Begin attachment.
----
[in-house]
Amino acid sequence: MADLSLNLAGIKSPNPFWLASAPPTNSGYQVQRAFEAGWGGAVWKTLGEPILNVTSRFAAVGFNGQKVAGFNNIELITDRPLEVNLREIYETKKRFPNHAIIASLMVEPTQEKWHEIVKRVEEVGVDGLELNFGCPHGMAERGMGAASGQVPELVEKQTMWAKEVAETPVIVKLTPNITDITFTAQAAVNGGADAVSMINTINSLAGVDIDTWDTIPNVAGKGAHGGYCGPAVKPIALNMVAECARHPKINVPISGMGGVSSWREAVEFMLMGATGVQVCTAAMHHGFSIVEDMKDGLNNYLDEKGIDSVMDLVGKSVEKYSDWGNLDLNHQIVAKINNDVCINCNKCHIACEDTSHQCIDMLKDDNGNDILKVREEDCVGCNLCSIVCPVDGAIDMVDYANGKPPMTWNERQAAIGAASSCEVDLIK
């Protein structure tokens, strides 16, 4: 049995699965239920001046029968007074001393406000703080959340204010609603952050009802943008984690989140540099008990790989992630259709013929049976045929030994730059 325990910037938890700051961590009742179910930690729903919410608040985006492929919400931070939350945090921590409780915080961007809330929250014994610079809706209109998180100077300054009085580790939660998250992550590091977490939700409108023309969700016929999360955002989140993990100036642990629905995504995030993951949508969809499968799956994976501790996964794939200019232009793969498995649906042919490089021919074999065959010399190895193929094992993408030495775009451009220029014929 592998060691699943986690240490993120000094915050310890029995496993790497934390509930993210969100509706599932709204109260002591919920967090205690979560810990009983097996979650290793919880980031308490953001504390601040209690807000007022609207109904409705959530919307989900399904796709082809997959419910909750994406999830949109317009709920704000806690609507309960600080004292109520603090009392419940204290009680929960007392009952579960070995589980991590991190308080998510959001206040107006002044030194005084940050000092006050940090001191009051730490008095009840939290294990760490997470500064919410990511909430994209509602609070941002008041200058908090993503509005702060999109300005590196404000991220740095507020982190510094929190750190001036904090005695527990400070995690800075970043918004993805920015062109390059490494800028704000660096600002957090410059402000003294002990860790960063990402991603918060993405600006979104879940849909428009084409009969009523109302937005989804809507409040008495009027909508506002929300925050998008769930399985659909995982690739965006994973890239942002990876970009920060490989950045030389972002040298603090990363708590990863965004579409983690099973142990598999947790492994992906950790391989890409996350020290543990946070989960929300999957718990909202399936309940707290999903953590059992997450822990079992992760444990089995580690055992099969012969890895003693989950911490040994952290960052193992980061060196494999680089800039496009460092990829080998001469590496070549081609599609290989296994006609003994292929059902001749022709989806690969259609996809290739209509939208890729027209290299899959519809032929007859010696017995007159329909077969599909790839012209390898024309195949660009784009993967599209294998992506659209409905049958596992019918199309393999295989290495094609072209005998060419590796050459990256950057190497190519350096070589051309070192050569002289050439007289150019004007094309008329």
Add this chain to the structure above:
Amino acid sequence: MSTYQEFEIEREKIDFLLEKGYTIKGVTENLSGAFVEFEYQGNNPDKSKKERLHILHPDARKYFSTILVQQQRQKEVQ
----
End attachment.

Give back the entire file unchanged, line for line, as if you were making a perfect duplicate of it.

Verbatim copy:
[in-house]
Amino acid sequence: MADLSLNLAGIKSPNPFWLASAPPTNSGYQVQRAFEAGWGGAVWKTLGEPILNVTSRFAAVGFNGQKVAGFNNIELITDRPLEVNLREIYETKKRFPNHAIIASLMVEPTQEKWHEIVKRVEEVGVDGLELNFGCPHGMAERGMGAASGQVPELVEKQTMWAKEVAETPVIVKLTPNITDITFTAQAAVNGGADAVSMINTINSLAGVDIDTWDTIPNVAGKGAHGGYCGPAVKPIALNMVAECARHPKINVPISGMGGVSSWREAVEFMLMGATGVQVCTAAMHHGFSIVEDMKDGLNNYLDEKGIDSVMDLVGKSVEKYSDWGNLDLNHQIVAKINNDVCINCNKCHIACEDTSHQCIDMLKDDNGNDILKVREEDCVGCNLCSIVCPVDGAIDMVDYANGKPPMTWNERQAAIGAASSCEVDLIK
């Protein structure tokens, strides 16, 4: 049995699965239920001046029968007074001393406000703080959340204010609603952050009802943008984690989140540099008990790989992630259709013929049976045929030994730059 325990910037938890700051961590009742179910930690729903919410608040985006492929919400931070939350945090921590409780915080961007809330929250014994610079809706209109998180100077300054009085580790939660998250992550590091977490939700409108023309969700016929999360955002989140993990100036642990629905995504995030993951949508969809499968799956994976501790996964794939200019232009793969498995649906042919490089021919074999065959010399190895193929094992993408030495775009451009220029014929 592998060691699943986690240490993120000094915050310890029995496993790497934390509930993210969100509706599932709204109260002591919920967090205690979560810990009983097996979650290793919880980031308490953001504390601040209690807000007022609207109904409705959530919307989900399904796709082809997959419910909750994406999830949109317009709920704000806690609507309960600080004292109520603090009392419940204290009680929960007392009952579960070995589980991590991190308080998510959001206040107006002044030194005084940050000092006050940090001191009051730490008095009840939290294990760490997470500064919410990511909430994209509602609070941002008041200058908090993503509005702060999109300005590196404000991220740095507020982190510094929190750190001036904090005695527990400070995690800075970043918004993805920015062109390059490494800028704000660096600002957090410059402000003294002990860790960063990402991603918060993405600006979104879940849909428009084409009969009523109302937005989804809507409040008495009027909508506002929300925050998008769930399985659909995982690739965006994973890239942002990876970009920060490989950045030389972002040298603090990363708590990863965004579409983690099973142990598999947790492994992906950790391989890409996350020290543990946070989960929300999957718990909202399936309940707290999903953590059992997450822990079992992760444990089995580690055992099969012969890895003693989950911490040994952290960052193992980061060196494999680089800039496009460092990829080998001469590496070549081609599609290989296994006609003994292929059902001749022709989806690969259609996809290739209509939208890729027209290299899959519809032929007859010696017995007159329909077969599909790839012209390898024309195949660009784009993967599209294998992506659209409905049958596992019918199309393999295989290495094609072209005998060419590796050459990256950057190497190519350096070589051309070192050569002289050439007289150019004007094309008329």
Add this chain to the structure above:
Amino acid sequence: MSTYQEFEIEREKIDFLLEKGYTIKGVTENLSGAFVEFEYQGNNPDKSKKERLHILHPDARKYFSTILVQQQRQKEVQ